Oysters stimulate the appetite, awakening the taste buds, palate, sense of smell and imagination. The ritual of eating oysters actually increases my appetite. Few other foods can do that –– to a lesser extent, raw clams do, as well as high quality sturgeon caviar, but that is an expensive endeavor.

Chilled, fresh, perfectly shucked raw oysters are the best way to start a meal. Not just a light first course, oysters are appetizers in the true sense of the word.


Oysters stimulate the appetite, awakening the taste buds, palate, sense of smell and imagination. The ritual of eating oysters actually increases my appetite. Few other foods can do that –– to a lesser extent, raw clams do, as well as high quality sturgeon caviar, but that is an expensive endeavor.


To get the full sensory experience an oyster can offer, it has to be fresh, properly shucked and presented, and then eaten in a certain way. Oysters should be held level while shucking and then placed on crushed ice so they are even, which keeps the natural juices (liquor) in the shell. The oyster should be whole, never punctured, and completely free from the shell.


First, you look at the oyster –– the size, the shape, the color of the shell and flesh. Store that in your memory bank. Then you carefully pick up the oyster and take a sniff. Do you smell salt air? Or fresh herbs? Or cucumber?


Finally, you slide the oyster with its juices into your mouth and bite into it, chew it a little and let the flavor explode and then linger. French poet Leon Paul Fargue once described it as “kissing the sea on the lips.”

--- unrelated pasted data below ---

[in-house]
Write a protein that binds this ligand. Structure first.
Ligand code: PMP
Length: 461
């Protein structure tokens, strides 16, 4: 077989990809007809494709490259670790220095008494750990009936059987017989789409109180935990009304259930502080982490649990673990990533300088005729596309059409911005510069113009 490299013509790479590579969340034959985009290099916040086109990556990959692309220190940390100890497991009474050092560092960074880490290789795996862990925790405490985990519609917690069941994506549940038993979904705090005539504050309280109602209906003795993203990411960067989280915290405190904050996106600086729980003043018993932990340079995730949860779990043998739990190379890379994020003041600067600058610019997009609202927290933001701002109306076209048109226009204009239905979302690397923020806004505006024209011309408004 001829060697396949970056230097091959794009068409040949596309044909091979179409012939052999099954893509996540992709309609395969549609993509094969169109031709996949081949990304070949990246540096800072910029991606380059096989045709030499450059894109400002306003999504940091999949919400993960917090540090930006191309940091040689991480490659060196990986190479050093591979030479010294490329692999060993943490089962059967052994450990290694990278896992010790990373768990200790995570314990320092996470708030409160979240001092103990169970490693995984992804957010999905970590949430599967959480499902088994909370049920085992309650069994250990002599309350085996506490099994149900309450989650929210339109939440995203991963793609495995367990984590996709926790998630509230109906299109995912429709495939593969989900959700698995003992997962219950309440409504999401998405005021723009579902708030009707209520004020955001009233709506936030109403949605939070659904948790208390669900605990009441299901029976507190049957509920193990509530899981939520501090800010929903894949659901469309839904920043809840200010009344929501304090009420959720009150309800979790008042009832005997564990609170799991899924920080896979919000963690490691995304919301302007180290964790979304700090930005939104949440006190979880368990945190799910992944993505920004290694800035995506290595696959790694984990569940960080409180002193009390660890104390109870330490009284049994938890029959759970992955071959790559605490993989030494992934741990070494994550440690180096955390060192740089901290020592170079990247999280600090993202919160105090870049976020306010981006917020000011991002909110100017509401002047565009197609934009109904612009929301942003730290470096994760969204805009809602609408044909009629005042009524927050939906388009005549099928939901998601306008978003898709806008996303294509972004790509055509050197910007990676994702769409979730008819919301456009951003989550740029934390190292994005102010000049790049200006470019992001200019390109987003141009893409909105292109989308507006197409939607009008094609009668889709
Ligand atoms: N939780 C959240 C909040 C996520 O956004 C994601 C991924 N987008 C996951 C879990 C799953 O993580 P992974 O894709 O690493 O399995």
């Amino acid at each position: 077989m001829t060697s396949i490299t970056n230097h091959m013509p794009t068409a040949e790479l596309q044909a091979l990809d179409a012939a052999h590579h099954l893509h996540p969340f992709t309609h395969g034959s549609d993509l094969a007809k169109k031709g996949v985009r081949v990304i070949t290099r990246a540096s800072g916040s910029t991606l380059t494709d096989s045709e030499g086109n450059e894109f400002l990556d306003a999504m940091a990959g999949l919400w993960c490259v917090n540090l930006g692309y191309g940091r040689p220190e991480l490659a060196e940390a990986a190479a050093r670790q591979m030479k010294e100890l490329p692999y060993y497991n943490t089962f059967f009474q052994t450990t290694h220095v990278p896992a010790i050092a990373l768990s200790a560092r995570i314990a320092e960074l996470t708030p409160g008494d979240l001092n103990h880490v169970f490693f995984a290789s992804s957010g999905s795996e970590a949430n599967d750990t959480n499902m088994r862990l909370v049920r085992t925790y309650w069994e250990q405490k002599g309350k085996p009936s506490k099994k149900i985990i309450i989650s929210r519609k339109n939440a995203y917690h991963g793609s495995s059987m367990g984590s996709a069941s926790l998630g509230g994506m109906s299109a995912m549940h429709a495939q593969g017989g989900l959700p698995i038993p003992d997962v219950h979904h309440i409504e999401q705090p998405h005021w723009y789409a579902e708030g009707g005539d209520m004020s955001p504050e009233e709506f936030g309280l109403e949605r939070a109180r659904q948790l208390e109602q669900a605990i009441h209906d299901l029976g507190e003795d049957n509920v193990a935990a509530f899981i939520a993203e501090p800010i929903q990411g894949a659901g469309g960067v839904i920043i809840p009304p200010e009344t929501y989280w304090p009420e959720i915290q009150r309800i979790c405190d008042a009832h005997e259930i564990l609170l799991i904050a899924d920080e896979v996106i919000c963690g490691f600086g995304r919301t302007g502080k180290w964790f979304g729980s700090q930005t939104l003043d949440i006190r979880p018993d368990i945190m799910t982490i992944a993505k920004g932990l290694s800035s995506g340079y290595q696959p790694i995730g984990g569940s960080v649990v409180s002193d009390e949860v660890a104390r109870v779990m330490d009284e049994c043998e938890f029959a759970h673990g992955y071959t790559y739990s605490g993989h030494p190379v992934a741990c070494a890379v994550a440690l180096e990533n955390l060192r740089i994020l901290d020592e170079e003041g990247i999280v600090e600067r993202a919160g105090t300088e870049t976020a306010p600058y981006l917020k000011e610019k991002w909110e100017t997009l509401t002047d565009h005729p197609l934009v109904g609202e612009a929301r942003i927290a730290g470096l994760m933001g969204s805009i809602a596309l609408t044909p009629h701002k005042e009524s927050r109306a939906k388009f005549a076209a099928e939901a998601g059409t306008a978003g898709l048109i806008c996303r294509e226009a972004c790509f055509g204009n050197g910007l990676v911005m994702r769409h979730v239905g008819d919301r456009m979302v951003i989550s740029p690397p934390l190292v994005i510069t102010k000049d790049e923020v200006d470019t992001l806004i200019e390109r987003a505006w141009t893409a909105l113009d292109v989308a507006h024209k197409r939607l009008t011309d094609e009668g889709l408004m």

Did this flavor bring back memories of the ocean water you swallowed on your first swim of the year? Did it remind you of other oysters? Did you taste a slight mineral, copper-like flavor, or a strong mineral flavor? Was it mildly salty or very salty? Was it crisp and firm or soft and buttery? Lastly, was there an aftertaste –– of seaweed, herbs, black tea, melon, citrus, apples or cucumbers? There is a lot going on here. It is a divine gustatory experience when done with mindfulness.


All popular East Coast oysters are one species (Crassostrea virginica), but they can be remarkably different, depending on where they are harvested.


It is fun to compare a couple of varieties of oysters at a seating. I don’t recommend more than three or four types at one tasting; it becomes confusing.


It is also important that you eat the first oyster of each variety unadorned or with just a little drop of lemon. After that, you can try adding a little mignonette, ground pepper, horseradish or cocktail sauce. I think you will find the more you study the flavor of oysters, the less you want to disrupt their natural flavor.


There are dozens of great East Coast oysters. Here are a few of my favorites: Pemaquid or Glidden Point from Maine; East Beach Blondes or  Moonstone from Rhode Island; and Wellfleets, Cotuits or Onset Marsh from Cape Cod, Mass.


And if you want to taste a few West Coast oysters, try the famous Kumamoto –– grown from California to British Columbia –– and the tiny but special Olympia from Washington. A larger, nice Washington state oyster called Quilcene is also worthy.


Oysters, like wines, are subjective. Make finding your favorites a tasty and fun endeavor.


Jasper White is a chef, author, entrepreneur and owner of Summer Shack restaurants and the Fish Market at Derby Street Shoppes in Hingham, Mass. Got a question for Jasper? Send an email to features@ ledger.com with “Jasper White” in the subject line.